Around the Western World in Eighteen Days: A Glee Club Diary

Editor’s note: This article, originally published in the May 12, 1972 issue of the Cavalier Daily, gives a summary of the Virginia Glee Club‘s 1972 European Tour. The original source was extracted from the raw XML file of the issue in the UVA library’s electronic archive.

Around The Western World In Eighteen Days: A Glee Club Diary


Anesthetized by your “date” last Easters? Then the Glee Club may have a solution: Europe.

Leaving Washington’s Dulles Airport this past March 30, Mr. Loach and his troubadours devoted about two and a half weeks of their spring break to such unamerican activities as Florence, Venice, Padua, Innsbruck, Salzburg, Munich and Weggis. If first impressions are important, Europe loved them.

“We gave our very first performance in a little town about 30 kilometers northwest of Rome,” explains Rich Hanger, business manager of the Club, “at a little place called Sacrofano.” “It was by far, I think, the most interesting concert.”

Fittingly enough, Good Friday provided the occasion, and the Glee Club culminated a traditional procession through the streets of the city with a performance at a church dating from the fifteenth century. With torches waving and children singing a medieval chant, the entire affair was spectacular, if anachronistic.


“The people followed this procession with three crosses and a wooden statue of Jesus, and you really had the feeling that this was something right out of the middle ages,’ continued Mr. Hanger.

“The city was very old. The buildings themselves date back to the fourteenth or fifteenth century and the streets were extremely narrow. You couldn’t even get a car through them.” Even without a motorcade, though, “They were very enthusiastic,” in Hanger’s opinion.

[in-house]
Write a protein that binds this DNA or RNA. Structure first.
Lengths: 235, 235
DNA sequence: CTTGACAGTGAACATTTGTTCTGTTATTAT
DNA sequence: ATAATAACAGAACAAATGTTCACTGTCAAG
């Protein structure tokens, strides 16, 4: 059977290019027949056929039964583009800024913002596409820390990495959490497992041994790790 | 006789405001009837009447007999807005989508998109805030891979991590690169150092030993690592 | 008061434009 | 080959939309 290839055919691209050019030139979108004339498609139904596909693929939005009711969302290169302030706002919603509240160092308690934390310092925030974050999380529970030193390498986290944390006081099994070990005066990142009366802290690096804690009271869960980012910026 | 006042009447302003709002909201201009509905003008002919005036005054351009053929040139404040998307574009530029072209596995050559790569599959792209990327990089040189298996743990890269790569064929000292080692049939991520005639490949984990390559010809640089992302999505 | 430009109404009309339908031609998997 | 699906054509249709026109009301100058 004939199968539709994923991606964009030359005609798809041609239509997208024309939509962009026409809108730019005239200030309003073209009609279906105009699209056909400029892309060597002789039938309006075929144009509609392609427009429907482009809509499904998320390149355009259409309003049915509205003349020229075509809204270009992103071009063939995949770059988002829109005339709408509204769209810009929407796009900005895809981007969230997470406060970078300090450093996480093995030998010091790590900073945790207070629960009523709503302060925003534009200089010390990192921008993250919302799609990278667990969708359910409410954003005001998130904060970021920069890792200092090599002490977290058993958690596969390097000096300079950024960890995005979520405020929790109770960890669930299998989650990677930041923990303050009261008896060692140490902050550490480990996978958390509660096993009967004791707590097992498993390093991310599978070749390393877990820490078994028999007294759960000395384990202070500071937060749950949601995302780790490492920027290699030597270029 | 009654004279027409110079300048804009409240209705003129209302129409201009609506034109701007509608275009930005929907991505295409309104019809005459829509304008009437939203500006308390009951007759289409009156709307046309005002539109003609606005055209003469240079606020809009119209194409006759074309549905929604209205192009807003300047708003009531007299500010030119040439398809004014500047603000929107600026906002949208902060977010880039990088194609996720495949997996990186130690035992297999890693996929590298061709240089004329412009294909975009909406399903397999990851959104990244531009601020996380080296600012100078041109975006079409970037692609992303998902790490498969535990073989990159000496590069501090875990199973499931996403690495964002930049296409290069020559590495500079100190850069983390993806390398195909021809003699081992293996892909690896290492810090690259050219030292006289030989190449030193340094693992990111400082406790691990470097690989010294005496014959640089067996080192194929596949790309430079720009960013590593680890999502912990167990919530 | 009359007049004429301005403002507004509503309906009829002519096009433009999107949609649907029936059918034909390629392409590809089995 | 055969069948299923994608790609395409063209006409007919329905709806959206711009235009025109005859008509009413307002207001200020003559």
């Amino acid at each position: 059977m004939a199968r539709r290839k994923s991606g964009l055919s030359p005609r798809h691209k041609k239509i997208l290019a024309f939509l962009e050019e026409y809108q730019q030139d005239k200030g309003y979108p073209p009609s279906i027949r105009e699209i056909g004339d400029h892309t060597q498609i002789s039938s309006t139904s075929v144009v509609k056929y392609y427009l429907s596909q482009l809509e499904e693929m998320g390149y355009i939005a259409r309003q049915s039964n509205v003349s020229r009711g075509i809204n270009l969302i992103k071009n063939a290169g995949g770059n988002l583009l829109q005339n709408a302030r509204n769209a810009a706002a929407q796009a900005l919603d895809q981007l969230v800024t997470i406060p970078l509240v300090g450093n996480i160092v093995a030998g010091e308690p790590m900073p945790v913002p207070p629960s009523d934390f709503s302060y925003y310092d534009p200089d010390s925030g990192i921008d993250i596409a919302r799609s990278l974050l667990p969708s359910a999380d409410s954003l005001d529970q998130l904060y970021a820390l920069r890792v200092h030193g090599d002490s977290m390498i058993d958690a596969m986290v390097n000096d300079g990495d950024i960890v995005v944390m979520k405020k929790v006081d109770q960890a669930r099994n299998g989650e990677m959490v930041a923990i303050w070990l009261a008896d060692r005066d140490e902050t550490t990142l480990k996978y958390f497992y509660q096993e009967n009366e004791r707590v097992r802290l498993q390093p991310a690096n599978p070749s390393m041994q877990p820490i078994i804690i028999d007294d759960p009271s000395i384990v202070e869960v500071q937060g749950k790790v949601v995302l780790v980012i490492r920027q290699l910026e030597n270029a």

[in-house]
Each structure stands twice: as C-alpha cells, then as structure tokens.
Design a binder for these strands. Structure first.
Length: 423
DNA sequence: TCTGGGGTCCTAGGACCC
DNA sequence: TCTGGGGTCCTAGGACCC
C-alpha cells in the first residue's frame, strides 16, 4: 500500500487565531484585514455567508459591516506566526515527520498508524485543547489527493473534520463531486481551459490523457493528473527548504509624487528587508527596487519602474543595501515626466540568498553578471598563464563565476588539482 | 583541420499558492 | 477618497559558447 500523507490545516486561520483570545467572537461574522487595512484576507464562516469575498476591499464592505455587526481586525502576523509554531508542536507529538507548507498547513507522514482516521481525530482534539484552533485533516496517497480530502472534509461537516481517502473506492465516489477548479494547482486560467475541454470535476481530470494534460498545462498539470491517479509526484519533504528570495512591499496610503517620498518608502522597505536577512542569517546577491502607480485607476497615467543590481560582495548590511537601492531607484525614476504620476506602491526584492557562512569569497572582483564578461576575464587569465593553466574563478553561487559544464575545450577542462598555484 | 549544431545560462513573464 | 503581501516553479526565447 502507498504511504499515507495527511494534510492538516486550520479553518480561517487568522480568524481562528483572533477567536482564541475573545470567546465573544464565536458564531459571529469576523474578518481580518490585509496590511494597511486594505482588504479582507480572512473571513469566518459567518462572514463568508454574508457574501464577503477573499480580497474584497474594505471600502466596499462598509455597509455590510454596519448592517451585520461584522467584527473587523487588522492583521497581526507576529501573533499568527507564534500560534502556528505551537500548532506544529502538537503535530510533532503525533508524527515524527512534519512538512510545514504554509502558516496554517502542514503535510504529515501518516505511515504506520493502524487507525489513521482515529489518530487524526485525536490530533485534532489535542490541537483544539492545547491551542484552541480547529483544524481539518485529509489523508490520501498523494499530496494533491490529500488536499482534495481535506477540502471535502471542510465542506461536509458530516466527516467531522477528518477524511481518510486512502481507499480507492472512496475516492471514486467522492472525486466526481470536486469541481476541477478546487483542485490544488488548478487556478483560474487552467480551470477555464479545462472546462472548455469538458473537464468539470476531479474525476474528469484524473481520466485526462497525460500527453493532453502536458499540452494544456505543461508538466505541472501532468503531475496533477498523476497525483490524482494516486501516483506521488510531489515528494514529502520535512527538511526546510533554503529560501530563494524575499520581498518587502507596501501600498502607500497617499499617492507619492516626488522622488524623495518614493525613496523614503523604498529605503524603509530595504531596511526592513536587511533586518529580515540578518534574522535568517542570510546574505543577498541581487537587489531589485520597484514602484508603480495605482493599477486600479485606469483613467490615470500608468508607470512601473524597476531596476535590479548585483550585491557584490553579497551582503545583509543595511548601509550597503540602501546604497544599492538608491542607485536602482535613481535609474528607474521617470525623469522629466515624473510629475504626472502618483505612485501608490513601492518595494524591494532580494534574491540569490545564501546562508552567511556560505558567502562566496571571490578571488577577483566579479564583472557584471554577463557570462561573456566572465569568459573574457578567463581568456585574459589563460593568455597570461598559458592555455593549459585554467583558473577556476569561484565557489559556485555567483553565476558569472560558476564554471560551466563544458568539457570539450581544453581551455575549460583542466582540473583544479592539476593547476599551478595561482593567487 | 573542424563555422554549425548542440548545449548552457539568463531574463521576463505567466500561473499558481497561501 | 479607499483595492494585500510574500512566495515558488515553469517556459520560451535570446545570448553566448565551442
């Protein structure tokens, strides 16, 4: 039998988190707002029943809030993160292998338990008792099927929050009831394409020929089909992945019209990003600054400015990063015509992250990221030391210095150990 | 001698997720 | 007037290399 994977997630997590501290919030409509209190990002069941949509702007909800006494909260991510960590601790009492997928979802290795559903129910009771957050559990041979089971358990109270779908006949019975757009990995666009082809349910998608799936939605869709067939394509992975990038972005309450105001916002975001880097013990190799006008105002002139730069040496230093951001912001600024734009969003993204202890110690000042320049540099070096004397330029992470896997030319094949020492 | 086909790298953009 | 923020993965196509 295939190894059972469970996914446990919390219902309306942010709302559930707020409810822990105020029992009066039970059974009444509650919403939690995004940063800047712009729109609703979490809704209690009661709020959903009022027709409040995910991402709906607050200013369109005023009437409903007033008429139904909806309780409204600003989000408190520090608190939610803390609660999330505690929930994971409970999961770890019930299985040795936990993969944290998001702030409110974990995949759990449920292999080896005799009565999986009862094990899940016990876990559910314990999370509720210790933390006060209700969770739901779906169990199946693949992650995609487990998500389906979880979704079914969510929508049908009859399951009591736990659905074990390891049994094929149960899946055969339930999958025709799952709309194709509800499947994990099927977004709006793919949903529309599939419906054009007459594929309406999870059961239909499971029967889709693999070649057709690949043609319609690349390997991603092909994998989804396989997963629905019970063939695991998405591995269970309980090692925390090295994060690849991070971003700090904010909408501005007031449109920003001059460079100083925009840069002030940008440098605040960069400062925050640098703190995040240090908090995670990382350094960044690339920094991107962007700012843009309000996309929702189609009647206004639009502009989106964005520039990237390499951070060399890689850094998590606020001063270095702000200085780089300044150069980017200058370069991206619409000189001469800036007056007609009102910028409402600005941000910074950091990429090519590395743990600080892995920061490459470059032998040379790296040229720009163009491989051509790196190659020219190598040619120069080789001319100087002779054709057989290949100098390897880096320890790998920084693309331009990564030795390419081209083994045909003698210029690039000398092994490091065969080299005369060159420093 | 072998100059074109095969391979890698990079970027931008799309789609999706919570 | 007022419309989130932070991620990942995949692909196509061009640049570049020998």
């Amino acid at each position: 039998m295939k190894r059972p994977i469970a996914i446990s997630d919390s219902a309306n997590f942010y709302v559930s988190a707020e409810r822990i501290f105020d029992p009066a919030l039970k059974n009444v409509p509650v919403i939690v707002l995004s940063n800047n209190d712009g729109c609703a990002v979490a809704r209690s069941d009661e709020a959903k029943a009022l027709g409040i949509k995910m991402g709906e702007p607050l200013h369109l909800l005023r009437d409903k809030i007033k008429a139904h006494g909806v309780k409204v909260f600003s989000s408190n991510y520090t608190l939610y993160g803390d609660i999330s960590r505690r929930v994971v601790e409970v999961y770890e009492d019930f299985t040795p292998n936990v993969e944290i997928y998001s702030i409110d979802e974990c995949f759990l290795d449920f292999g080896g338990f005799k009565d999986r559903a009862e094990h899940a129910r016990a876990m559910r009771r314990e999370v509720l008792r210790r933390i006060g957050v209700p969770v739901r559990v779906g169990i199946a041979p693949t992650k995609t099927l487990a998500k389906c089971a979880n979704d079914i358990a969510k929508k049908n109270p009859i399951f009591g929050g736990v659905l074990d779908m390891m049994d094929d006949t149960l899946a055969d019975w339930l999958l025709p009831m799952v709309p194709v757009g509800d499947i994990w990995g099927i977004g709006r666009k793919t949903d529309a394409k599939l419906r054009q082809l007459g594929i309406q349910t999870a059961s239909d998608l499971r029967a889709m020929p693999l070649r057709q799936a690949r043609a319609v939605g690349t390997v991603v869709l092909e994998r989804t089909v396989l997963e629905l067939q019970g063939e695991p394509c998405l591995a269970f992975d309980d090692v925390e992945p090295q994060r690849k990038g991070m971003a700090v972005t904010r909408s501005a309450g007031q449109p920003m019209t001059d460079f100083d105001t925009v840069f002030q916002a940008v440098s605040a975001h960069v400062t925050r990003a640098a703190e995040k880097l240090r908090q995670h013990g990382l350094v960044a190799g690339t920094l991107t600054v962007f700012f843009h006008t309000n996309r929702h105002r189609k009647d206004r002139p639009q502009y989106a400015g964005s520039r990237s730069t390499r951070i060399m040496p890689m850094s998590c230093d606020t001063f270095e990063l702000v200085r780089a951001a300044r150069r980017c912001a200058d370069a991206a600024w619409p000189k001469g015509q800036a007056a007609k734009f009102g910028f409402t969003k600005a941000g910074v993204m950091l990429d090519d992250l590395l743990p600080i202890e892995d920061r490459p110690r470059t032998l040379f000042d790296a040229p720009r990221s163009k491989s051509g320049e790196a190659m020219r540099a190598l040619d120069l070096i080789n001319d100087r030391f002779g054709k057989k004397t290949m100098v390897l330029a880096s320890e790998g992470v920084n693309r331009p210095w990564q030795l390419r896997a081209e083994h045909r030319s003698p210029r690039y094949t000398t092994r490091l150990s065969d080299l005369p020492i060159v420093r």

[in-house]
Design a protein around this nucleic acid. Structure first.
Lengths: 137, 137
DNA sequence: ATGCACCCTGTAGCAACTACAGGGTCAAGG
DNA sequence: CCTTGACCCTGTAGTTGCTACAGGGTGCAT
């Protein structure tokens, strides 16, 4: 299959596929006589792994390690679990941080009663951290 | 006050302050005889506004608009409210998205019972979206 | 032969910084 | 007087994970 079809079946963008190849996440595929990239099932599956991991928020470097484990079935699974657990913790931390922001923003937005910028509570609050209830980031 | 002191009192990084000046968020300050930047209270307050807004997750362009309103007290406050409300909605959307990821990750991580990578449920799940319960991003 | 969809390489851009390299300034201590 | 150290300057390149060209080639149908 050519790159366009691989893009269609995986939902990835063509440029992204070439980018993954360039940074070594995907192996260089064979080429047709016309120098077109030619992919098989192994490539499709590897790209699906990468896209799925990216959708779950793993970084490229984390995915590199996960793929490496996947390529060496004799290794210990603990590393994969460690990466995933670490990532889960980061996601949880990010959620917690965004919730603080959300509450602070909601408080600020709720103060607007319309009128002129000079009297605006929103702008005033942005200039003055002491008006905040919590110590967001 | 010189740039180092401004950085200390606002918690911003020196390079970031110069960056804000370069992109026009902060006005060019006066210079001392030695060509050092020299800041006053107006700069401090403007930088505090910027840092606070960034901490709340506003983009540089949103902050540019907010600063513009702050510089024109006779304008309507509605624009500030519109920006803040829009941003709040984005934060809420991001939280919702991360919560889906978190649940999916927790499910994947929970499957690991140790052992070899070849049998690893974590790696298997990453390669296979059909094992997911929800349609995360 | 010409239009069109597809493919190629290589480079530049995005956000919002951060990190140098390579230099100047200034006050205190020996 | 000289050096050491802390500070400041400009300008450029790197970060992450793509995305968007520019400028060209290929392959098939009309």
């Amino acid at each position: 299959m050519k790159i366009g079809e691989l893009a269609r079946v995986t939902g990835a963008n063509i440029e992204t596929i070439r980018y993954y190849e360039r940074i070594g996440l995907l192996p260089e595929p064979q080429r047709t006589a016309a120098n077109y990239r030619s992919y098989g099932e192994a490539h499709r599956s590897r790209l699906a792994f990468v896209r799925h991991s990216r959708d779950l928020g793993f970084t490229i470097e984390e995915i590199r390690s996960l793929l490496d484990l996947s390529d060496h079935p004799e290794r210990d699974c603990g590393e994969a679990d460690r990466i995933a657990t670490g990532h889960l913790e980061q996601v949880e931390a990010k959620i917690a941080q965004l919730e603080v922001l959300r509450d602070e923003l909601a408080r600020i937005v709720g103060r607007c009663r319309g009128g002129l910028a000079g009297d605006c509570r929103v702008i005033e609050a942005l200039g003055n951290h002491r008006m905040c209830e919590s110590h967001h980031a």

“After the concert, the mayor invited us to a reception at the town hall.” The mayor’s idea of a reception involved a generous distribution of wine- “some of the best on the whole tour”-as well as an abundance of “pizza,” the local bread.

“Pizza over there is just like pie, or sponge cake. It was like a sweet bread. It went real well with the wine.”

“They were really great. Some of the people there asked us to write them back, in fact, and told us if we were ever back in Italy again, the city would like to invite us back to Sacrofano. In our other performances, we really didn’t have such a close opportunity to meet people.”

Even with the minor disappointment of “no girls,” the reception succeeded so brilliantly that the Club took the extra precaution of attending Sunday mass, a Vatican original where the Pope blesses pilgrims of nearly every conceivable nationality in his native language.

“There were about 300,000 people there in the square,” claims Mr. Hanger, “It was just jammed with people. They were coming from all over the world.”


If the religion thereafter seemed anti-climatic, however, the Austrian scenery was literally at a peak.

“Innsbruck was one of the most beautiful places we visited,” affirmed Steve Ledford. “It’s set in the Austrian Alps, surrounded by 8,000-foot peaks. Unlike Rome and other cities we visited, it was remarkably clean, and not at all large. Two of us even braved a pouring rain to see the ski jump and bobsled run used in the 1960 Winter Olympics.”

Munich, in fact, did produce a rainout-indeed, a lake. It seems the Glee Club concert had to be cancelled when the Munich Symphony decided to offer a rendition of “Swan Lake” as competition. Still, an ancient U. sport saved the day, confessed Mr. Ledford.

“Many of us visited the infamous Hofbrauhaus,” he explains. “The atmosphere was that of a gigantic party. It was as if one took all the brothers from the fraternities at the University, put them all in one room with a liter mug of beer in hand, a plate of sausage in front of them, and a band in the background playing German drinking songs.”

“Many of us also visited the site for the 1972 Summer Olympics while in Munich,” added Mr. Ledford.

If anyone is growing suspicious at this point, there were only five planned concerts on the tour. “We planned it that way,” says Mr. Hanger.

“Of course, wherever we went, we’d often sing. Let’s say we went to Mozart’s birthplace, we’d sing a Mozart piece. In Venice, we went in Saint Mark’s cathedral, where we did several songs which were especially written for the church there.”